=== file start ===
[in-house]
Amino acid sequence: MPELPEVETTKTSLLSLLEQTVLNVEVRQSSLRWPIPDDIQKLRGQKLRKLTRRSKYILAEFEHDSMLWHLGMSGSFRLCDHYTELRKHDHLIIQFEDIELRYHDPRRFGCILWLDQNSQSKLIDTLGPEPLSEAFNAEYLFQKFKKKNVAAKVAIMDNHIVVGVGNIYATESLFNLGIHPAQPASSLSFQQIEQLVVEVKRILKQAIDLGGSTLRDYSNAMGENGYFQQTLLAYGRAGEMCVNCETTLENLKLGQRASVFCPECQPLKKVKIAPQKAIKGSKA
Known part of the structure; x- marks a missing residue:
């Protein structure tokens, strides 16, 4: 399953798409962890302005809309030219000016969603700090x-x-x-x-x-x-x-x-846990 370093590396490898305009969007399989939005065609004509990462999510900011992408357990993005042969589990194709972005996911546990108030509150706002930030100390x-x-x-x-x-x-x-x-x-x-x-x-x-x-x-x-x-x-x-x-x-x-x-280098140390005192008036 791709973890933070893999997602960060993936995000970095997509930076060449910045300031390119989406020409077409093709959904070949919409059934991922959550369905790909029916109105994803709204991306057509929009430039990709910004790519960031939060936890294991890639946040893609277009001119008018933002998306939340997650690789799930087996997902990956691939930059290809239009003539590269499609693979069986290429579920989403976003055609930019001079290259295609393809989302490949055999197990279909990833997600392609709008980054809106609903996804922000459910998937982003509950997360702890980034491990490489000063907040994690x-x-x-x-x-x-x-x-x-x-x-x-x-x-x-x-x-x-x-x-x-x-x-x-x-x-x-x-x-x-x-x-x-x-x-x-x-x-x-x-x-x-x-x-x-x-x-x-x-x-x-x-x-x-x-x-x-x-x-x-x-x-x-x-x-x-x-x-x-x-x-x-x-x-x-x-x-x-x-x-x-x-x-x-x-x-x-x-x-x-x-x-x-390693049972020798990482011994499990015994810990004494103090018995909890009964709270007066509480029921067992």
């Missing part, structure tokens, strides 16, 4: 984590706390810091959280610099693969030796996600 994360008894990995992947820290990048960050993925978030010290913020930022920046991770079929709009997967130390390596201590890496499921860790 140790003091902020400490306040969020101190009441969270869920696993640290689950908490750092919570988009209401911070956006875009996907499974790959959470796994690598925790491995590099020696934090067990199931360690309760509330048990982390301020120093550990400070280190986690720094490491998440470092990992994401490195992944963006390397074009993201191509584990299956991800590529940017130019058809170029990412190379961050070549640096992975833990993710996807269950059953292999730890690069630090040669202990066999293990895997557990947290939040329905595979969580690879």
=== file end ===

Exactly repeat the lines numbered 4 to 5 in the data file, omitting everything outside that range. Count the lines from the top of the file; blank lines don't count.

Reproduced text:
């Protein structure tokens, strides 16, 4: 399953798409962890302005809309030219000016969603700090x-x-x-x-x-x-x-x-846990 370093590396490898305009969007399989939005065609004509990462999510900011992408357990993005042969589990194709972005996911546990108030509150706002930030100390x-x-x-x-x-x-x-x-x-x-x-x-x-x-x-x-x-x-x-x-x-x-x-280098140390005192008036 791709973890933070893999997602960060993936995000970095997509930076060449910045300031390119989406020409077409093709959904070949919409059934991922959550369905790909029916109105994803709204991306057509929009430039990709910004790519960031939060936890294991890639946040893609277009001119008018933002998306939340997650690789799930087996997902990956691939930059290809239009003539590269499609693979069986290429579920989403976003055609930019001079290259295609393809989302490949055999197990279909990833997600392609709008980054809106609903996804922000459910998937982003509950997360702890980034491990490489000063907040994690x-x-x-x-x-x-x-x-x-x-x-x-x-x-x-x-x-x-x-x-x-x-x-x-x-x-x-x-x-x-x-x-x-x-x-x-x-x-x-x-x-x-x-x-x-x-x-x-x-x-x-x-x-x-x-x-x-x-x-x-x-x-x-x-x-x-x-x-x-x-x-x-x-x-x-x-x-x-x-x-x-x-x-x-x-x-x-x-x-x-x-x-x-390693049972020798990482011994499990015994810990004494103090018995909890009964709270007066509480029921067992």
């Missing part, structure tokens, strides 16, 4: 984590706390810091959280610099693969030796996600 994360008894990995992947820290990048960050993925978030010290913020930022920046991770079929709009997967130390390596201590890496499921860790 140790003091902020400490306040969020101190009441969270869920696993640290689950908490750092919570988009209401911070956006875009996907499974790959959470796994690598925790491995590099020696934090067990199931360690309760509330048990982390301020120093550990400070280190986690720094490491998440470092990992994401490195992944963006390397074009993201191509584990299956991800590529940017130019058809170029990412190379961050070549640096992975833990993710996807269950059953292999730890690069630090040669202990066999293990895997557990947290939040329905595979969580690879």